BAF: You’ve got such a broad/eclectic selection of pies. Do you have a definition of what a pie is?

Erin Jeanne McDowell: To me, a pie is just a crust and a filling. So whatever that entails, it can be so many things, and when you take it by that definition, then suddenly it doesn’t have to be baked in a pie pan. I baked pies and skillets in spring form pans in 9×13 pans, you can really bake them in any shape and size that you want. And like I said, they have a lot of adaptability seasonality wise too, because people think of them sometimes for fall and the winter holidays, but also they think of them in the summer. And that’s because really you can find a pie to make year round based on what is good and what’s available right now. I also believe that savory pies, in the United States at least, don’t get enough attention, because in the United States, we think of pie as being predominantly a dessert. But in other countries like Australia, when you think of pie, it’s predominantly a savory item.  

I just love savory pies, and most of the savory pies in the book are more of an American interpretation. I did do a beef and mushroom style pie, that’s a very English inspired, savory pie. But most of them are I guess I shouldn’t say there’s a lot of inspiration from other cultures, but they’re not necessarily done in the style of traditional Australian or English meat pies. They’re more of my own perspective on savory pies, but there’s a whole chapter of those too. 

BAF: Okay. I was going to pose a question by using the phrase, when did you have your e-pie-phany?

Erin Jeanne McDowell: Yes! I love a good pie pun. They’re all throughout the book. I have a bunch of them.

BAF: We talked about the intimidation factor. So what advice do you have for the novice coming into it?

Erin Jeanne McDowell: Yeah, one of the biggest things with pie is to keep everything really cold, and people underestimate what I mean by that a lot. They’ll keep the ingredients cold beforehand. They’ll chill the dough after mixing, but then they never put it back in the fridge again. So in the book, I talk about all the different stages that you can chill your dough. I have a lot of instructions also, for side-by-side comparisons, because again, I do think that it’s really difficult to know sometimes if your dough is the right kind of hydration, so let’s show you one that’s too dry and one that’s too wet with the right one in the middle so that you can almost hold your dough up and see which one is right. I also think that I don’t necessarily think that pie is as hard as people really think it is, but it requires a lot more patience than most people have in the kitchen.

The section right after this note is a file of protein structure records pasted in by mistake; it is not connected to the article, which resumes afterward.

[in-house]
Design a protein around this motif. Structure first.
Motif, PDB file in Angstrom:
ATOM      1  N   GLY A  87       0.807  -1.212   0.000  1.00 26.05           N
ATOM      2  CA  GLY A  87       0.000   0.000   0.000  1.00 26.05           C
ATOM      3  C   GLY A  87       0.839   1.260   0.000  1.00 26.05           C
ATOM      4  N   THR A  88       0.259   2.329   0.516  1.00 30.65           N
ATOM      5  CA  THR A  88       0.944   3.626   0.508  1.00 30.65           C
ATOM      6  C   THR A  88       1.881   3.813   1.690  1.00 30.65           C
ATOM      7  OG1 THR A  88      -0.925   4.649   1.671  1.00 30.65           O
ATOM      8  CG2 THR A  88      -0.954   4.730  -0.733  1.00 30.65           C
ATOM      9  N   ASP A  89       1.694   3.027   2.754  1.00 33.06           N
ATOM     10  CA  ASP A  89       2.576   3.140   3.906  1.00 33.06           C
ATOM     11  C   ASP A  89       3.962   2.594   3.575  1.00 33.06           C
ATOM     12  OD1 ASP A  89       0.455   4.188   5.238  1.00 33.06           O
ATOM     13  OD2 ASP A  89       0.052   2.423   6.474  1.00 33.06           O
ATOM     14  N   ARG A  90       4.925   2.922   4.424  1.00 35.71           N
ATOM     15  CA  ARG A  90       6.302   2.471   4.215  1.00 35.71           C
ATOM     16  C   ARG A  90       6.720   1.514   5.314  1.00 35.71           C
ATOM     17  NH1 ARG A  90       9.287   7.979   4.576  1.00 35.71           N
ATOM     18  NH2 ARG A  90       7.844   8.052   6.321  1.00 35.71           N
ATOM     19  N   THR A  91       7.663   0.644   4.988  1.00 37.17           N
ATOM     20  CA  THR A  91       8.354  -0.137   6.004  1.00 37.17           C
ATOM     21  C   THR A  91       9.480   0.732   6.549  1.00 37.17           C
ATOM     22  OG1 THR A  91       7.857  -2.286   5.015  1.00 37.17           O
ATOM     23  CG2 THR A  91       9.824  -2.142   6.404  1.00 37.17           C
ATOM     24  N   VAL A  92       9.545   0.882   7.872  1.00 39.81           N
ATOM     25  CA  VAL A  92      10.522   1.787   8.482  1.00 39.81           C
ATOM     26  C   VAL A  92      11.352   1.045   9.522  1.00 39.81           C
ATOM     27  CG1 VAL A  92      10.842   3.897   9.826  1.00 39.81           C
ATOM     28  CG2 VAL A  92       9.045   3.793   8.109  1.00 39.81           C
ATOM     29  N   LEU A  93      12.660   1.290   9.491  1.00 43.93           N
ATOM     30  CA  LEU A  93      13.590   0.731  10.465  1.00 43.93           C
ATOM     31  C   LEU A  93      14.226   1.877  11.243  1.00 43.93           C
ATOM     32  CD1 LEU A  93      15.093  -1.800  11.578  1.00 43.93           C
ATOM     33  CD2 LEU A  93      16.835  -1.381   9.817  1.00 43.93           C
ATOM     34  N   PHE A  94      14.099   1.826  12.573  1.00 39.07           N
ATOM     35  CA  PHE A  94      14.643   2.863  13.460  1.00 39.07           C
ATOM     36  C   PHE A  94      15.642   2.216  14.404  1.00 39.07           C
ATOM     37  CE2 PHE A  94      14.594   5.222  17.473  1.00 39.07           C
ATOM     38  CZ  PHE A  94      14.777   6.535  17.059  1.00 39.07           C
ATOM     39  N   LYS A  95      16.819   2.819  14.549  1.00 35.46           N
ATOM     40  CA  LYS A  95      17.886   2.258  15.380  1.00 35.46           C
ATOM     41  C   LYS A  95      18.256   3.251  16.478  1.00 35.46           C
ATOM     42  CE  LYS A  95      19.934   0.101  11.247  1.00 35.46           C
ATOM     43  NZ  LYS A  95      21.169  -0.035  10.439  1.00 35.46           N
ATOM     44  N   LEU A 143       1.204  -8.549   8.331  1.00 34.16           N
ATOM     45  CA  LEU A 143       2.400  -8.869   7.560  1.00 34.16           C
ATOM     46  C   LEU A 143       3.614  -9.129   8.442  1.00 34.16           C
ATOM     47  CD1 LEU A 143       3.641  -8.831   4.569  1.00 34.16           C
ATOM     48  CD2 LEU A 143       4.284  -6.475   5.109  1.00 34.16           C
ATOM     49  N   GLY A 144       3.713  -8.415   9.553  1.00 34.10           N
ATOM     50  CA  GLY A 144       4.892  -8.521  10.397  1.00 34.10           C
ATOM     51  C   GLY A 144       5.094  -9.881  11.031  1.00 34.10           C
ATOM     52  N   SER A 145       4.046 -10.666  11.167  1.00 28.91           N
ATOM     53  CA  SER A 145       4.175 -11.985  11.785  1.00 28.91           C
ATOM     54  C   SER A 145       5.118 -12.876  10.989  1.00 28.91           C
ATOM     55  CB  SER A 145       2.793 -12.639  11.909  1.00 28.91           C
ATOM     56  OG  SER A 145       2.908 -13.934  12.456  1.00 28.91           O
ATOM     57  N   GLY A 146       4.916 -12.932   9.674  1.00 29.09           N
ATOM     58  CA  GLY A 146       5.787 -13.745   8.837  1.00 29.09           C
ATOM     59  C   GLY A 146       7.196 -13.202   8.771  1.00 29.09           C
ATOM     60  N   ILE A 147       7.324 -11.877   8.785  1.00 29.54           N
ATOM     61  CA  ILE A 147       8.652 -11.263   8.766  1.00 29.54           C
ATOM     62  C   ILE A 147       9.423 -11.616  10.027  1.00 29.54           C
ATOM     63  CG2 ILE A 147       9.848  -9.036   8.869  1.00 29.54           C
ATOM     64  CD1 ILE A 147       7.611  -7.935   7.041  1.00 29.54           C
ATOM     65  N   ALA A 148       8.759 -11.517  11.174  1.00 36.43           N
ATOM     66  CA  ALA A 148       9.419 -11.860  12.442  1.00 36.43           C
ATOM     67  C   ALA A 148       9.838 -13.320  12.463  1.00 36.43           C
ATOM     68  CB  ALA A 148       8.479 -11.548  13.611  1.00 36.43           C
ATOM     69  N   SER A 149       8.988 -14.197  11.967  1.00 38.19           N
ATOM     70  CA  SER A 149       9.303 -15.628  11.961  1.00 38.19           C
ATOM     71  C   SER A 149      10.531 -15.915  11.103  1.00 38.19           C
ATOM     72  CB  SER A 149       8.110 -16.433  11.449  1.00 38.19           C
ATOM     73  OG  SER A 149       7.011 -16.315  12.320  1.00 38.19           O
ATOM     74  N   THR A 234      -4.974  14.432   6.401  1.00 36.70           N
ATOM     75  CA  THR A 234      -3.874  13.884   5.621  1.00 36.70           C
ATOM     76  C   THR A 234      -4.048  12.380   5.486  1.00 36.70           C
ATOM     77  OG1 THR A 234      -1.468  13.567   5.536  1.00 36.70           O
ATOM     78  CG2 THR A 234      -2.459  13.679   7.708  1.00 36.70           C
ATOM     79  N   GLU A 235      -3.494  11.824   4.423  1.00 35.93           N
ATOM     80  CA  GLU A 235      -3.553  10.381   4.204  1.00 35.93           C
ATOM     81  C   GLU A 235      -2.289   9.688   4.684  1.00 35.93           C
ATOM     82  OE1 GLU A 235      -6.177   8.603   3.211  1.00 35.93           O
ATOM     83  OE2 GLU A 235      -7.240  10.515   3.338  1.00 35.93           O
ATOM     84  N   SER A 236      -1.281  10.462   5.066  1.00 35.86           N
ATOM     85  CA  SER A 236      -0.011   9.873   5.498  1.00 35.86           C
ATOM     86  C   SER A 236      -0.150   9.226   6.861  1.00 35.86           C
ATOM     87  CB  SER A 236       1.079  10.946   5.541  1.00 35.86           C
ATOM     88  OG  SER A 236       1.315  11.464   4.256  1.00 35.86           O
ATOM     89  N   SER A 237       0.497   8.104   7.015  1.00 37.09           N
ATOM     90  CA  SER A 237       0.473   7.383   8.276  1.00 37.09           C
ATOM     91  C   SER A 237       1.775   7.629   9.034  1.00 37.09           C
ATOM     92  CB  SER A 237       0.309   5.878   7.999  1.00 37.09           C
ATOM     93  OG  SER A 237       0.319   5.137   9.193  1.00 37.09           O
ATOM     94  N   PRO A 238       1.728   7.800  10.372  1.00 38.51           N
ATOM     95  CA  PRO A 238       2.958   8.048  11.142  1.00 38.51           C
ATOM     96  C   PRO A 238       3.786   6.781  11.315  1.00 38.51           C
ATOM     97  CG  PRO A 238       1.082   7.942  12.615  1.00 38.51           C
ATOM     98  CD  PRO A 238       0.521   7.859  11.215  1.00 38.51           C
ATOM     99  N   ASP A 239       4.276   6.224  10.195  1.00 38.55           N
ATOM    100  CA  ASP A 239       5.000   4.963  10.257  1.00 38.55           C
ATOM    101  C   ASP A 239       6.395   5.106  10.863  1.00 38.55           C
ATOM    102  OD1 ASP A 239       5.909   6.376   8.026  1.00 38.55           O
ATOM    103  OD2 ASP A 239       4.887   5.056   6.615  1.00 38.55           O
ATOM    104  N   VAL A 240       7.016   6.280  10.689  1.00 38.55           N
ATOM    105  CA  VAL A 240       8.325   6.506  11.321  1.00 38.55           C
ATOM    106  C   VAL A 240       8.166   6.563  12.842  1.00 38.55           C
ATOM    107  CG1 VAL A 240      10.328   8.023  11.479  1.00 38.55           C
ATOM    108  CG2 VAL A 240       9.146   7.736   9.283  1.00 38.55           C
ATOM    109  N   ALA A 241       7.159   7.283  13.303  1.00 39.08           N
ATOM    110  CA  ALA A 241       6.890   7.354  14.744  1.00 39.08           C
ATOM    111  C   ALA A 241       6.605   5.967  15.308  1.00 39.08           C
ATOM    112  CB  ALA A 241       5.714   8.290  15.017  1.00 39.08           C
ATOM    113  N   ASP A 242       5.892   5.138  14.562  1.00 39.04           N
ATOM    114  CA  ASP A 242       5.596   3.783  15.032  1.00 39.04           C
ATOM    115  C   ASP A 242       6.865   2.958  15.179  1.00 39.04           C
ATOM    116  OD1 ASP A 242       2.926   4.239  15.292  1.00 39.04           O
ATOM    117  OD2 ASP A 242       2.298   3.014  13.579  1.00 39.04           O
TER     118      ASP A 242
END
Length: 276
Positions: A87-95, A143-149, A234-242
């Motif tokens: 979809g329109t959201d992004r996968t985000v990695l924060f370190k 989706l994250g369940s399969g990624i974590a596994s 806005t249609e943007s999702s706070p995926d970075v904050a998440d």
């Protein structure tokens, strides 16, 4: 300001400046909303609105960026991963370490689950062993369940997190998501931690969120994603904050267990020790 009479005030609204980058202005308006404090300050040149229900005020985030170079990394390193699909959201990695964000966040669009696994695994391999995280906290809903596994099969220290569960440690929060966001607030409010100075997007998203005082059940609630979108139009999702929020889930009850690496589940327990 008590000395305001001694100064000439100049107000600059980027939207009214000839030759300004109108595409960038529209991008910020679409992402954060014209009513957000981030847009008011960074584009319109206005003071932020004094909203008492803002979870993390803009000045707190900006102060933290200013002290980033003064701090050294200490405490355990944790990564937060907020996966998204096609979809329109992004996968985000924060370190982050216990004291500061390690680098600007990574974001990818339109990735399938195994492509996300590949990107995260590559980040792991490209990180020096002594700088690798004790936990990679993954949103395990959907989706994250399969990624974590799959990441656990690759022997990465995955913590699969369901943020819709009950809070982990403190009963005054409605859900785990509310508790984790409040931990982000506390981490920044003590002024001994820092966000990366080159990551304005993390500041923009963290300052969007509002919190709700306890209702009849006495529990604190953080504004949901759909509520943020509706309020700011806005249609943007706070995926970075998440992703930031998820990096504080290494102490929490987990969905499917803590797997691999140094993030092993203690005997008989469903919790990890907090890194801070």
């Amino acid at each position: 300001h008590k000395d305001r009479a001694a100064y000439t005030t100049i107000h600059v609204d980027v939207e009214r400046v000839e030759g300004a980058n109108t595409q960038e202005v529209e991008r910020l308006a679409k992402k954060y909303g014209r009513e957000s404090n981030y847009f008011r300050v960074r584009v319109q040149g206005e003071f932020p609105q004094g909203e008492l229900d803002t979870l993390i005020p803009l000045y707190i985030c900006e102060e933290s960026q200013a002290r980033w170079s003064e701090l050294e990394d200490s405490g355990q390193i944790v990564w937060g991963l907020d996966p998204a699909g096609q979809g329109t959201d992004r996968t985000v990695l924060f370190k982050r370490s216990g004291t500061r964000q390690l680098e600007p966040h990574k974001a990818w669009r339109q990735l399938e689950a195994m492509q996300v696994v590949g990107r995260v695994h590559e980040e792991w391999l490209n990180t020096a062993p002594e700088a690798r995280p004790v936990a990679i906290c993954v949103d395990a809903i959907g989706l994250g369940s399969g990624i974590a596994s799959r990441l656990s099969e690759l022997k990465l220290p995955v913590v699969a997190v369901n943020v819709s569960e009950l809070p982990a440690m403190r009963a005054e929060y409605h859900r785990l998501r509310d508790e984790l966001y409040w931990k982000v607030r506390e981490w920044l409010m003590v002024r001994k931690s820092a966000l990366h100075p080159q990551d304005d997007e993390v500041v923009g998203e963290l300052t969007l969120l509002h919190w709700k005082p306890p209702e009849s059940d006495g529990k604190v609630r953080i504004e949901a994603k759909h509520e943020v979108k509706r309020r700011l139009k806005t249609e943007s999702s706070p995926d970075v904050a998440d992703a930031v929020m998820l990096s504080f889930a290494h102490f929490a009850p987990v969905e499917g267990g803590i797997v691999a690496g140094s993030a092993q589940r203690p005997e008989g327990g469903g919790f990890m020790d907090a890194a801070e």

There aren’t a lot of steps in terms of all the work you’re going to have to put into it, but there’s a lot of time that it’s going to have to be kind of waiting for you where the filling has to cool or the dough has to chill and all of those things. So I always say before you bake your very first pie, if that’s your first time, just like really plan on it being an enjoyable day that you’re spending in the kitchen, and don’t rush it, just take your time. And the more you take your time with pie, the better your results are going to be.

BAF: Now you’ve written one book previously, and you’re clearly very enthusiastic about pie, have lots of knowledge. How did you manage to compress everything into this new book? Was this a difficult thing to, I wouldn’t say difficult to write, but maybe difficult to edit it down?

Erin Jeanne McDowell: It’s actually, this felt like such an opportunity for me because I actually did discuss pies in one chapter of my first book. And that felt impossible, because I love pie so much. And I had so much to say, it was one of the first chapters of my first book that I wrote because it was coming the easiest to me. And I mean, gosh, it was supposed to be a chapter of a book, and I believe that chapter was 300 pages long, not even including any recipes. I just started writing. And it was just like all of these things that I had to say about it came out. And so with this book, it didn’t really feel like I had to condense it at all. It felt like, “Oh my gosh, I have this opportunity to really say everything that I think is important.”